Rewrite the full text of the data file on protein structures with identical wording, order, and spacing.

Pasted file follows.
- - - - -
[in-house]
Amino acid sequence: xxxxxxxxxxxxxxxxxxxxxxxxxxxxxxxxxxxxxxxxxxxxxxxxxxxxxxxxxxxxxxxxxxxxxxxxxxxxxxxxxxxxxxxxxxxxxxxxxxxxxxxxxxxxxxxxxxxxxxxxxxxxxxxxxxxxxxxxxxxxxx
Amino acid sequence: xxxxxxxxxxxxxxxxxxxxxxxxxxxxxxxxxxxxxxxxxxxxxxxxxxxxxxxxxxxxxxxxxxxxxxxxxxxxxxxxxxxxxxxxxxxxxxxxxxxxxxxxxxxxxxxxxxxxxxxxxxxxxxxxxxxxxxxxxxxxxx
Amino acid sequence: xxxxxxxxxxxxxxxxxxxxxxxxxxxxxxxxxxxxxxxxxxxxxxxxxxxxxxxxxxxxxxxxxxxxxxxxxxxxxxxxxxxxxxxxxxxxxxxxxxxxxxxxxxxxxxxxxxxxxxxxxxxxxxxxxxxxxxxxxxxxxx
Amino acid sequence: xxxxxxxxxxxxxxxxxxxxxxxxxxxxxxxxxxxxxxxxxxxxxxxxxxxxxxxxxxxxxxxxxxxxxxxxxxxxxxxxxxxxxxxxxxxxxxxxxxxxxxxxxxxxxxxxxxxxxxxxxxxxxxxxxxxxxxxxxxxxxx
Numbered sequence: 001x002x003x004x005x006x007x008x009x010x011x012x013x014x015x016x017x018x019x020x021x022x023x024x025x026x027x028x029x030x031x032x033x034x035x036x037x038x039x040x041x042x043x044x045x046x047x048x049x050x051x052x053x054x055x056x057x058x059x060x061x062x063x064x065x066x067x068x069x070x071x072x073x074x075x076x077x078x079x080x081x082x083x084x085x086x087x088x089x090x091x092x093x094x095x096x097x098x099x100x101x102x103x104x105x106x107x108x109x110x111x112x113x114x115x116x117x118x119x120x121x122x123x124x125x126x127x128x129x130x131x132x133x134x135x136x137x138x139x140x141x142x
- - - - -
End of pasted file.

[in-house]
Amino acid sequence: xxxxxxxxxxxxxxxxxxxxxxxxxxxxxxxxxxxxxxxxxxxxxxxxxxxxxxxxxxxxxxxxxxxxxxxxxxxxxxxxxxxxxxxxxxxxxxxxxxxxxxxxxxxxxxxxxxxxxxxxxxxxxxxxxxxxxxxxxxxxxx
Amino acid sequence: xxxxxxxxxxxxxxxxxxxxxxxxxxxxxxxxxxxxxxxxxxxxxxxxxxxxxxxxxxxxxxxxxxxxxxxxxxxxxxxxxxxxxxxxxxxxxxxxxxxxxxxxxxxxxxxxxxxxxxxxxxxxxxxxxxxxxxxxxxxxxx
Amino acid sequence: xxxxxxxxxxxxxxxxxxxxxxxxxxxxxxxxxxxxxxxxxxxxxxxxxxxxxxxxxxxxxxxxxxxxxxxxxxxxxxxxxxxxxxxxxxxxxxxxxxxxxxxxxxxxxxxxxxxxxxxxxxxxxxxxxxxxxxxxxxxxxx
Amino acid sequence: xxxxxxxxxxxxxxxxxxxxxxxxxxxxxxxxxxxxxxxxxxxxxxxxxxxxxxxxxxxxxxxxxxxxxxxxxxxxxxxxxxxxxxxxxxxxxxxxxxxxxxxxxxxxxxxxxxxxxxxxxxxxxxxxxxxxxxxxxxxxxx
Numbered sequence: 001x002x003x004x005x006x007x008x009x010x011x012x013x014x015x016x017x018x019x020x021x022x023x024x025x026x027x028x029x030x031x032x033x034x035x036x037x038x039x040x041x042x043x044x045x046x047x048x049x050x051x052x053x054x055x056x057x058x059x060x061x062x063x064x065x066x067x068x069x070x071x072x073x074x075x076x077x078x079x080x081x082x083x084x085x086x087x088x089x090x091x092x093x094x095x096x097x098x099x100x101x102x103x104x105x106x107x108x109x110x111x112x113x114x115x116x117x118x119x120x121x122x123x124x125x126x127x128x129x130x131x132x133x134x135x136x137x138x139x140x141x142x